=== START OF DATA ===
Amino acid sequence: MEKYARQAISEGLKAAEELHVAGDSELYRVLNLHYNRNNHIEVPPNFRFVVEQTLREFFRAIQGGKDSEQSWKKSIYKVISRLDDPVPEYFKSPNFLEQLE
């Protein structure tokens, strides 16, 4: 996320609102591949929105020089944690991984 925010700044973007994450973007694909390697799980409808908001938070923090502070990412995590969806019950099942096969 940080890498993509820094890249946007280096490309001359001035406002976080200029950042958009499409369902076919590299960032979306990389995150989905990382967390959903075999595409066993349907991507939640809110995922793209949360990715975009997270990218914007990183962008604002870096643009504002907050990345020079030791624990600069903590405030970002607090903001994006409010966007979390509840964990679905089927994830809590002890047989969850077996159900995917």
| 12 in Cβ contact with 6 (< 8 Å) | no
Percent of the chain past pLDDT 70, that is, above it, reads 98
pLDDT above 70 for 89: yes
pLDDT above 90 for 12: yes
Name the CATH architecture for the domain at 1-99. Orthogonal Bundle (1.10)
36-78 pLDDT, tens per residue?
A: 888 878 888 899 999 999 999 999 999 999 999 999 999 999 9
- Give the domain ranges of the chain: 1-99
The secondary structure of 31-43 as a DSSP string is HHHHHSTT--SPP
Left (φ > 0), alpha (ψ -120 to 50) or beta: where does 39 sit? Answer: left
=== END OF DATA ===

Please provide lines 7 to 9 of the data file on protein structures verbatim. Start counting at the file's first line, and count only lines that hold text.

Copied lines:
Name the CATH architecture for the domain at 1-99. Orthogonal Bundle (1.10)
36-78 pLDDT, tens per residue?
A: 888 878 888 899 999 999 999 999 999 999 999 999 999 999 9